Counting Costs

Author and Disclosure Information


We are all aware of the rising costs of medical care, especially for complex diseases such as psoriasis. The total cost of psoriasis in the United States is unknown. Brezinski et al (JAMA Dermatol. doi:10.1001/jamadermatol.2014.3593) sought to define the economic burden of psoriasis in the United States. They argued that this information is needed to provide the foundation for research, advocacy, and educational efforts within the disease.

The authors searched PubMed and MEDLINE databases for economic investigations on the costs of adult psoriasis in the United States. The primary objective of the analysis was to provide a comprehensive analysis of the literature on the economic burden of psoriasis in the United States. The direct, indirect, intangible, and comorbidity costs of psoriasis were reported based on this systematic literature review and adjusted to 2013 US dollars.

The direct costs included medical costs associated with (1) specialist medical evaluations, (2) hospitalization, (3) prescription medications, (4) phototherapy, (5) medication administration costs, (6) laboratory tests and monitoring studies, and (7) over-the-counter medications and self-care products. The indirect costs were determined by absenteeism and impaired work productivity. Intangible costs were calculated as a measure of the negative effect of psoriasis on quality of life. Finally, comorbidity costs measured the medical evaluations, treatment, and lab monitoring that were directly attributed to comorbid conditions associated with psoriasis.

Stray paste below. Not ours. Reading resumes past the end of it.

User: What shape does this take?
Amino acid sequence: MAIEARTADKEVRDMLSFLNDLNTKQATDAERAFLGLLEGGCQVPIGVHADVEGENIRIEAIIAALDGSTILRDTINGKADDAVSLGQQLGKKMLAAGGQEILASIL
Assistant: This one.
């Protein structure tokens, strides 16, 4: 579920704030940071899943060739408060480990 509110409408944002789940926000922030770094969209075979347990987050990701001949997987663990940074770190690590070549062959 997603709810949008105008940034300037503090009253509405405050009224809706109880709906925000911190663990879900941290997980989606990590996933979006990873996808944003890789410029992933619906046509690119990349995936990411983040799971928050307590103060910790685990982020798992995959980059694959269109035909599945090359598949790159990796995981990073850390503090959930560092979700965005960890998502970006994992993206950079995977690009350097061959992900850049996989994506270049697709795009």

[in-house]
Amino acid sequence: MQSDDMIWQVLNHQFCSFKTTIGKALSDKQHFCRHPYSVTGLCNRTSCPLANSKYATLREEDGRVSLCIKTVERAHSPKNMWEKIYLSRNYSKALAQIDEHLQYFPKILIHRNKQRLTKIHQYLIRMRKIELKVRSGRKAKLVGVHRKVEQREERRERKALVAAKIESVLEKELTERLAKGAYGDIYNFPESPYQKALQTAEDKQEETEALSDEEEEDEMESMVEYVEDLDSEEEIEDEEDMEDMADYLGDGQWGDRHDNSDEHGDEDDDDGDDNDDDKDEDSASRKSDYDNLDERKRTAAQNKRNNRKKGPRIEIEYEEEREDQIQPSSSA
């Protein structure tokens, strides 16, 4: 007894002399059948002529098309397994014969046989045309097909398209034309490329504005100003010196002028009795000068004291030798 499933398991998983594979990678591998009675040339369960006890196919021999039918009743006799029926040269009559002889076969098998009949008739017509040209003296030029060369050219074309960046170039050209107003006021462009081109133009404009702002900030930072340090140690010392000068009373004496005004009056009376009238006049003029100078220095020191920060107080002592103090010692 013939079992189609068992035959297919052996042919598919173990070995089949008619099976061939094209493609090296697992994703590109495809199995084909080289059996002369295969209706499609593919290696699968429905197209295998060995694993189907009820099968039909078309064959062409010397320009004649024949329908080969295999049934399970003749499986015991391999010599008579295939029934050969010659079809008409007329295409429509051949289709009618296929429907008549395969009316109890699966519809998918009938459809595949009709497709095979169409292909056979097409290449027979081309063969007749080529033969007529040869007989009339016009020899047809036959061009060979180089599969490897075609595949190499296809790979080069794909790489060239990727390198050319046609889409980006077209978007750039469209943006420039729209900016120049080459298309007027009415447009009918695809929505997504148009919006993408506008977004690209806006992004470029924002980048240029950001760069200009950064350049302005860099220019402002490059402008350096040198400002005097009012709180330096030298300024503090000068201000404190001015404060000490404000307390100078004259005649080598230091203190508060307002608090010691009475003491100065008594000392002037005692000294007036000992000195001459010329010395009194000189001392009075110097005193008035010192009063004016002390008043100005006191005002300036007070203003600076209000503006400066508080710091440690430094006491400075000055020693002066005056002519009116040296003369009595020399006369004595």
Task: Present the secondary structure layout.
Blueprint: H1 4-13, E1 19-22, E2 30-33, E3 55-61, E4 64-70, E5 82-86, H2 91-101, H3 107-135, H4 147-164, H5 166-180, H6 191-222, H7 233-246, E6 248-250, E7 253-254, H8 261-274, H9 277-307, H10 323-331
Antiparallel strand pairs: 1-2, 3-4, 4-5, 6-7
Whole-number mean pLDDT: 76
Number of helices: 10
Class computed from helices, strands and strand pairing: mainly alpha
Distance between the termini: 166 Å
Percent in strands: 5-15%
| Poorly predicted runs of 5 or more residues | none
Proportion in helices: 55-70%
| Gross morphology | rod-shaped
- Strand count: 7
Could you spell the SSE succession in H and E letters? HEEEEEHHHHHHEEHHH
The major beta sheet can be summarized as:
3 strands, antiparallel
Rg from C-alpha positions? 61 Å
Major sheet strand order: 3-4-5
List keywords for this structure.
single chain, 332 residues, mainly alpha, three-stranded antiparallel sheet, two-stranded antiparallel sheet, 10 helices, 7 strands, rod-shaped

An initial review of the literature generated 100 articles; 22 studies were included in the systematic review. The direct psoriasis costs ranged from $51.7 billion to $63.2 billion, the indirect costs ranged from $23.9 billion to $35.4 billion, and medical comorbidities were estimated to contribute $36.4 billion annually in 2013 US dollars. The annual cost of psoriasis in the United States amounted to approximately $112 billion in 2013.

The authors concluded that the economic burden of psoriasis was substantial and significant in the United States.

What’s the issue?

In the United States, the economic burden of psoriasis is substantial because this disease is associated with negative physical, psychiatric, and social consequences. In addition, treatment costs continue to rise. How will this analysis of cost influence your future management of psoriasis?

We want to know your views! Tell us what you think.

Next Article:

VIDEO: As biosimilars arrive in U.S., treatment questions arise

Related Articles

  • Blog

    Tonsillectomy and Psoriasis

    We are all aware that infections, particularly streptococcal infection, can be associated with psoriasis, especially the guttate variety. A...

  • Blog

    MACE Update

    Over the last several years, we have come to understand that patients with inflammatory diseases may be at higher risk for major adverse...

  • Blog

    The Top 100

    In the October 2014 issue of the Journal of Clinical and Aesthetic Dermatology (2014;7:10-19), Wu et al published the top 100 most-cited...